Noriko is originally from Osaka, Japan but moved to the UK in 2003 to further her studies. She settled here in the UK and worked various roles for japanese companies in London but yearned for something more creative to do. In 2014 she enrolled in an evening course in ceramics-making at the Working Men’s College in London. After two years of study there, she took a smaller group course at Ricky Grimes’s studio. After that, she joined the Turning Earth studio as a part time ceramicist.
During the summer of 2019, she wanted to develop her skills on the technical side of the firing process, so started working as an assistant for Jo Davis in her studio as a part time volunteer. Later that year she took the leap with all her new skills and knowledge she set up her own studio in her back garden in North Finchley.
Noriko describes herself as a very curious person and if something suddenly interests her, she always endeavours to try it hands on. When she was young, she wanted to be a fashion designer and was always doodling on the back of paper or notebooks. The creativity involved in making something from nothing excites Noriko very much, and she has always desired to work in a creative field since she was a child. In Japan, Noriko worked in two or three jobs at the same time, and was too busy to really think about being creative. After settling in London, she made a bit more time for herself, taking courses in various subjects, trying to find what she wanted to do. During her first ceramics course she knew that she wanted to focus on it and develop that practice further.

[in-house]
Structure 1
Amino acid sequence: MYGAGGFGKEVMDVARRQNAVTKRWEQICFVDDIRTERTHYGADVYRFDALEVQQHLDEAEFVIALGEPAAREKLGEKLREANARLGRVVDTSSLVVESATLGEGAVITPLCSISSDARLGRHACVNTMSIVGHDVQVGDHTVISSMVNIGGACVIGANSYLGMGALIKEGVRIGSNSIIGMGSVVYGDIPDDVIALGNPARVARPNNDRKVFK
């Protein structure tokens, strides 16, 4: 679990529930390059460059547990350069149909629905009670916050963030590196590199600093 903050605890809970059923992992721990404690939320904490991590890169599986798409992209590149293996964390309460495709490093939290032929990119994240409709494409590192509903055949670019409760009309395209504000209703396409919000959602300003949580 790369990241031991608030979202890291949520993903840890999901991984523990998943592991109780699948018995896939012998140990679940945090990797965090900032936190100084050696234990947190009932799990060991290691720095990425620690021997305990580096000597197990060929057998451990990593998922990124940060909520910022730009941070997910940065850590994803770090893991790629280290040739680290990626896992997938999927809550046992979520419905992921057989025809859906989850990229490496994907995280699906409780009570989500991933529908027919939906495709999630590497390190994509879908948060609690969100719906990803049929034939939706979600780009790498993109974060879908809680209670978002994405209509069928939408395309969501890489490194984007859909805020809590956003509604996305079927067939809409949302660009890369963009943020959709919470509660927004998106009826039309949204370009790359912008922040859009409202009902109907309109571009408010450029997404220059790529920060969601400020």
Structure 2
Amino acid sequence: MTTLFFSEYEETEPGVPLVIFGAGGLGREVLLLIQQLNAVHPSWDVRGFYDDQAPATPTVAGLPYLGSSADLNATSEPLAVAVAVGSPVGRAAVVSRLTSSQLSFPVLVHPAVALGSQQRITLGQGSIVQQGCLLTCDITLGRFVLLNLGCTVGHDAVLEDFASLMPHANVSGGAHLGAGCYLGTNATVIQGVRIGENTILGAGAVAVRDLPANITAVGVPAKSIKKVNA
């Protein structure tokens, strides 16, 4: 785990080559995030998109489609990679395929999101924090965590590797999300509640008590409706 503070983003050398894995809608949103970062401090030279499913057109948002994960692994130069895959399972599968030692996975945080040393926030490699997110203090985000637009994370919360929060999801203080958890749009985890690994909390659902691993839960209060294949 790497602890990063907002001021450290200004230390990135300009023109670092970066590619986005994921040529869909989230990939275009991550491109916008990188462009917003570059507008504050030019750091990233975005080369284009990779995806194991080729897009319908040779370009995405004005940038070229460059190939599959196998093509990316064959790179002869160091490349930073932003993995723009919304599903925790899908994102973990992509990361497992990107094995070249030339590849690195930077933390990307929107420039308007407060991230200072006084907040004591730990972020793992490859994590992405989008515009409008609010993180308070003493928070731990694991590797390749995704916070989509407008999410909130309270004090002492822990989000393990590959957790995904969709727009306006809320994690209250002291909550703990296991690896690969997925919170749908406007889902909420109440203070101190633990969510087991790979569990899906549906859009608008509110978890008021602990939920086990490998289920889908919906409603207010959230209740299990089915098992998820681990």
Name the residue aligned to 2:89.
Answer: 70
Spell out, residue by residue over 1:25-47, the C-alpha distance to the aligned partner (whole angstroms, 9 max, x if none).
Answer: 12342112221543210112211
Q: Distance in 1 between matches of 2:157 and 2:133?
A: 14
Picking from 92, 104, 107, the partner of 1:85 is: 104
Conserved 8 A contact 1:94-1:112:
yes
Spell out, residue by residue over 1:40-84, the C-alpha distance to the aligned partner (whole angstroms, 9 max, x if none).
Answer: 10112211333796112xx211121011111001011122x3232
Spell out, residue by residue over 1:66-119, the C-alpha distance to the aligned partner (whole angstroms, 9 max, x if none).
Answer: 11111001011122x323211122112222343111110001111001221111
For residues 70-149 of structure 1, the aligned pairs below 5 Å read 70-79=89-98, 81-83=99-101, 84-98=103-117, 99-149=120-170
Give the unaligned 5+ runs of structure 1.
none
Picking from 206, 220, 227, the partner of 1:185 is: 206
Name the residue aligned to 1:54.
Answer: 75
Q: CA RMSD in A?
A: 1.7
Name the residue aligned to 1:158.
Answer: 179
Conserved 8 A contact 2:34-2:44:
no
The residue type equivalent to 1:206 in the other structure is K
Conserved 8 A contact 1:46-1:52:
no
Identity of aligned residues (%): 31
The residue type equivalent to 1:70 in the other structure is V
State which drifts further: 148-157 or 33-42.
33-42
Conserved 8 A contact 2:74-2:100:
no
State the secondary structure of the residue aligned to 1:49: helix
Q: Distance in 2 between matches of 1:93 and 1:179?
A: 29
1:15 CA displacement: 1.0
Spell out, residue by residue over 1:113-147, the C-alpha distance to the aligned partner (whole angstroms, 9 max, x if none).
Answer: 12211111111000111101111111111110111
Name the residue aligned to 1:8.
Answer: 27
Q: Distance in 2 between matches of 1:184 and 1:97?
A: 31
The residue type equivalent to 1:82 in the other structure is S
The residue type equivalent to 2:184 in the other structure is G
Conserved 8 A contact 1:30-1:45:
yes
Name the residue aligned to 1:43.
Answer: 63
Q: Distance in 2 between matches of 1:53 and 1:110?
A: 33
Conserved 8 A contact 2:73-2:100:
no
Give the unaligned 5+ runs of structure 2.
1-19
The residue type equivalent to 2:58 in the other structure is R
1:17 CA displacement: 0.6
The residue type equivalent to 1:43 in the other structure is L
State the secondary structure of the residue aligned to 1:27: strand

All of her ceramics designs are inspired by nature. She says 'In Japan we always try to find some balance with nature and it is a big part of our lives day to day, so I try to reflect that in my work.'
Noriko began developing her own style of ceramics, inspired by the natural world found in Japan and Canada (where she often travels), using a layered glazing style and gravity, to create her individually unique pieces. Trees, ocean scenery, mountains, waterfalls, and animals, all inspire her. Every day she explores finding new forms, sizes, weight and colours to express within her ceramic practice.
"I am deeply influenced and inspired by the Japanese master potter Mr. Shoji Hamada. His spontaneous designs and clean forms are what I strive to achieve in my own work."